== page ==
“My initial reaction was that this was a hoax. How can anyone teach someone to play music in 3 days when it takes at least a year to play a tune. This was my initial reaction. What changed my mind was the meeting which we had with the Examiner. Here the examiner actually commented on the very high level of composition which he was taking back with him. I still wasn't convinced that it would work, except for the fact that my son-in-law also happened to do that course, and he knew nothing about music. In three days he produced a 12-bar composition all by himself, in the space of 45 minutes, and when I analyzed that music, it fell into all the rules of music that we try to teach our pupils. And that floored me. Because I knew he didn't know a note of music before he joined this course how could he produce this composition! So that started me thinking.” ~ Myrna Fernandes, a leading Piano Teacher in Mumbai
Playing Music activates the 4th brain (Research)
Creative jazz improvisation switches on the 4th brain (VMPFC), giving you joy, creativity, fabulous emotional control. - Limb, Braun 2008
The DLPFC is activated when imagining how to play complex musical score
The researchers found that much of the change between improvisation and memorization occurred in the prefrontal cortex, the region of the frontal lobe of the brainthat helps us think and problem-solve and that provides a sense of self. Interestingly, the large portion responsible for monitoring one’s performance (dorsolateral prefrontal cortex) shuts down completely during improvisation, while the much smaller, centrally located region at the foremost part of the brain (medial prefrontal cortex) increases in activity. The medial prefrontal cortex is involved in self-initiated thoughts and behaviors, and is very active when a person describes an event that has happened to him or makes up a story. - Based on NIDCD’s Division of Intramural Research.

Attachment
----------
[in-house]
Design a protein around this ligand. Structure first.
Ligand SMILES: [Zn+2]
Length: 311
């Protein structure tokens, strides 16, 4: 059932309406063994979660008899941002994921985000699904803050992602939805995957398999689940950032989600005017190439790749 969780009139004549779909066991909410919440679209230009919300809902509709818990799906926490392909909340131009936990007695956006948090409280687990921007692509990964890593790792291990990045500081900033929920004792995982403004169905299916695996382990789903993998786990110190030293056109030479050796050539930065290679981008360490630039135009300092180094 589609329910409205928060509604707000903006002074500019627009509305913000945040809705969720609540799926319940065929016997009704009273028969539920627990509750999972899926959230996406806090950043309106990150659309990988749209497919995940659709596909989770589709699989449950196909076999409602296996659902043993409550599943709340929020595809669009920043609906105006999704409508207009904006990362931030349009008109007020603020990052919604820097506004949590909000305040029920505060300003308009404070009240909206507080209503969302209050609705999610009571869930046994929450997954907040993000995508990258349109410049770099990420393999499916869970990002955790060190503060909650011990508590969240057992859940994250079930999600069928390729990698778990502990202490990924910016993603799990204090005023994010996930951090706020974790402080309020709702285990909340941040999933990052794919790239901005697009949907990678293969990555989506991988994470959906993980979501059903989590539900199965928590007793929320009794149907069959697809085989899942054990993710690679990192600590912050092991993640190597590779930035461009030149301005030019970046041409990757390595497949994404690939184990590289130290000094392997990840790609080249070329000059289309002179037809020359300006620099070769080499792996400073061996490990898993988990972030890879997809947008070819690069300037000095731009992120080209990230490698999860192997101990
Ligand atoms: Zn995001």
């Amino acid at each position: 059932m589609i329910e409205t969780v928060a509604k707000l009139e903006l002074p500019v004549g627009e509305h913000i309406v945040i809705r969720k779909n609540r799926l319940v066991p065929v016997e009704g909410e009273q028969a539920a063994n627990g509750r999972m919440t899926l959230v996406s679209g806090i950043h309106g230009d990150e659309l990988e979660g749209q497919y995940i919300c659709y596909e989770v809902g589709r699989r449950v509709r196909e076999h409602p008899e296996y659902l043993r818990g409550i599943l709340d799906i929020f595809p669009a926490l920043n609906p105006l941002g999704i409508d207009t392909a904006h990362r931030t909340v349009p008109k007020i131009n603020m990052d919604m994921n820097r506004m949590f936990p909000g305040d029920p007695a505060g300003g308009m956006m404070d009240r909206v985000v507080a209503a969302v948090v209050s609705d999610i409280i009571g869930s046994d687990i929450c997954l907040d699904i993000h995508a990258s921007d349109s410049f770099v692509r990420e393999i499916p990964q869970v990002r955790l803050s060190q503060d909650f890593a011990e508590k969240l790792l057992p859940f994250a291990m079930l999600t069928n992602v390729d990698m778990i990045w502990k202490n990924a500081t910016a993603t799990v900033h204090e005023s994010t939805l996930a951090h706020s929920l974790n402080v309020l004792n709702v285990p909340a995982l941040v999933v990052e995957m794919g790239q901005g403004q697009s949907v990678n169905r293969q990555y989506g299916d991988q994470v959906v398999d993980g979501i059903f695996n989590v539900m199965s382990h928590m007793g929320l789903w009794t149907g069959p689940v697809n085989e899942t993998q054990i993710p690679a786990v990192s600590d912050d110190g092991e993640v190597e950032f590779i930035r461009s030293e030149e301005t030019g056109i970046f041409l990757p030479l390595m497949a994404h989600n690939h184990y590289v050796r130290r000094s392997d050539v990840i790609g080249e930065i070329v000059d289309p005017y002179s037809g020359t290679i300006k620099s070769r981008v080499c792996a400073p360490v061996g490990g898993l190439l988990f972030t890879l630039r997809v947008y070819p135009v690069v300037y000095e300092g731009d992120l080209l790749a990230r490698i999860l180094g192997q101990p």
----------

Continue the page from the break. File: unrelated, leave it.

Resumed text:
"We were interested in how individuals who are naturally creative look at problems that are best solved by thinking 'out of the box'," Folley said. "We studied musicians because creative thinking is part of their daily experience, and we found that there were qualitative differences in the types of answers they gave to problems and in their associated brain activity." "When we measured subjects' prefrontal cortical activity while completing the alternate uses task, we found that trained musicians had greater activity in both sides of their frontal lobes. Because we equated musicians and non-musicians in terms of their performance, this finding was not simply due to the musicians inventing more uses; there seems to be a qualitative difference in how they think about this information," Folley said. The research by Crystal Gibson, Bradley Folley and Sohee Park is currently in press at the journal Brain and Cognition.
Prefontal Cortex and Artistic appreciation - Activation of the prefrontal cortex in the human visual aesthetic perception http://www.pnas.org/content/101/16/6321.full